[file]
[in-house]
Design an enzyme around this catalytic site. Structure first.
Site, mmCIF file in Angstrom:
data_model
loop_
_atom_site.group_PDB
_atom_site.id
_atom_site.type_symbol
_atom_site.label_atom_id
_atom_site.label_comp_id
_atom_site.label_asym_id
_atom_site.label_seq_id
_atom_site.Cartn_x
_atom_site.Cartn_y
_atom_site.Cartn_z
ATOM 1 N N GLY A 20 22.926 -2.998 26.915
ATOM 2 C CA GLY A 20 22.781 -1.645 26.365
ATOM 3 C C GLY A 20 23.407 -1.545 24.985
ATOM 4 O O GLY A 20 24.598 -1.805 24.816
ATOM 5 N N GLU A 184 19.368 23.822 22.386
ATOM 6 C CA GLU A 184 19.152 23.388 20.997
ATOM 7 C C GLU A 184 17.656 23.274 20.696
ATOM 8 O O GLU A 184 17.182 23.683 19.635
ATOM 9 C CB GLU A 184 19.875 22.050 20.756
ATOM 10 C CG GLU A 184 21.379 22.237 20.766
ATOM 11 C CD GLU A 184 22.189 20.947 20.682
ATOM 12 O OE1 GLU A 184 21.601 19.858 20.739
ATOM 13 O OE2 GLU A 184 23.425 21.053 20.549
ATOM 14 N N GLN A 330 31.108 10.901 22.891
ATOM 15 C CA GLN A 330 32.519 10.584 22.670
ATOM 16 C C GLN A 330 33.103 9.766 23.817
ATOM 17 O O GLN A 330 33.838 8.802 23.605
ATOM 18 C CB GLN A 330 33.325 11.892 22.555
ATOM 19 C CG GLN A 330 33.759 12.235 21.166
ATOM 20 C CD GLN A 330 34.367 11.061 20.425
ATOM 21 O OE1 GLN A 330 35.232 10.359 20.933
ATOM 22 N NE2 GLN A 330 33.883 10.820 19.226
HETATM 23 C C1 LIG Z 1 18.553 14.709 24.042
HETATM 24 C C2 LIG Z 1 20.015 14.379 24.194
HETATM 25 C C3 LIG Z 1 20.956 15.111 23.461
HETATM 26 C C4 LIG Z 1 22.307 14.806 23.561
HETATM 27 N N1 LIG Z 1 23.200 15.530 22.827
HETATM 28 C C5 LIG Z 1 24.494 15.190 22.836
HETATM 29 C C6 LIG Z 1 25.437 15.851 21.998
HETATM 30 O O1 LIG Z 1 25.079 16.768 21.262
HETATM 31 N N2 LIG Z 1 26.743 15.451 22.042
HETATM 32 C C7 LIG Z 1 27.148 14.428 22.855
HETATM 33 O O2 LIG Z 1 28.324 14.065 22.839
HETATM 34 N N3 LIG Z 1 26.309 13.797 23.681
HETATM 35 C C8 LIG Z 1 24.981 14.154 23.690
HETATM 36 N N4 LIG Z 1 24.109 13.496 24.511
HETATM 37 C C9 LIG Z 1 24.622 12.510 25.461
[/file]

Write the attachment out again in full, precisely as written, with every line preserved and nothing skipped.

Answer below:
[in-house]
Design an enzyme around this catalytic site. Structure first.
Site, mmCIF file in Angstrom:
data_model
loop_
_atom_site.group_PDB
_atom_site.id
_atom_site.type_symbol
_atom_site.label_atom_id
_atom_site.label_comp_id
_atom_site.label_asym_id
_atom_site.label_seq_id
_atom_site.Cartn_x
_atom_site.Cartn_y
_atom_site.Cartn_z
ATOM 1 N N GLY A 20 22.926 -2.998 26.915
ATOM 2 C CA GLY A 20 22.781 -1.645 26.365
ATOM 3 C C GLY A 20 23.407 -1.545 24.985
ATOM 4 O O GLY A 20 24.598 -1.805 24.816
ATOM 5 N N GLU A 184 19.368 23.822 22.386
ATOM 6 C CA GLU A 184 19.152 23.388 20.997
ATOM 7 C C GLU A 184 17.656 23.274 20.696
ATOM 8 O O GLU A 184 17.182 23.683 19.635
ATOM 9 C CB GLU A 184 19.875 22.050 20.756
ATOM 10 C CG GLU A 184 21.379 22.237 20.766
ATOM 11 C CD GLU A 184 22.189 20.947 20.682
ATOM 12 O OE1 GLU A 184 21.601 19.858 20.739
ATOM 13 O OE2 GLU A 184 23.425 21.053 20.549
ATOM 14 N N GLN A 330 31.108 10.901 22.891
ATOM 15 C CA GLN A 330 32.519 10.584 22.670
ATOM 16 C C GLN A 330 33.103 9.766 23.817
ATOM 17 O O GLN A 330 33.838 8.802 23.605
ATOM 18 C CB GLN A 330 33.325 11.892 22.555
ATOM 19 C CG GLN A 330 33.759 12.235 21.166
ATOM 20 C CD GLN A 330 34.367 11.061 20.425
ATOM 21 O OE1 GLN A 330 35.232 10.359 20.933
ATOM 22 N NE2 GLN A 330 33.883 10.820 19.226
HETATM 23 C C1 LIG Z 1 18.553 14.709 24.042
HETATM 24 C C2 LIG Z 1 20.015 14.379 24.194
HETATM 25 C C3 LIG Z 1 20.956 15.111 23.461
HETATM 26 C C4 LIG Z 1 22.307 14.806 23.561
HETATM 27 N N1 LIG Z 1 23.200 15.530 22.827
HETATM 28 C C5 LIG Z 1 24.494 15.190 22.836
HETATM 29 C C6 LIG Z 1 25.437 15.851 21.998
HETATM 30 O O1 LIG Z 1 25.079 16.768 21.262
HETATM 31 N N2 LIG Z 1 26.743 15.451 22.042
HETATM 32 C C7 LIG Z 1 27.148 14.428 22.855
HETATM 33 O O2 LIG Z 1 28.324 14.065 22.839
HETATM 34 N N3 LIG Z 1 26.309 13.797 23.681
HETATM 35 C C8 LIG Z 1 24.981 14.154 23.690
HETATM 36 N N4 LIG Z 1 24.109 13.496 24.511
HETATM 37 C C9 LIG Z 1 24.622 12.510 25.461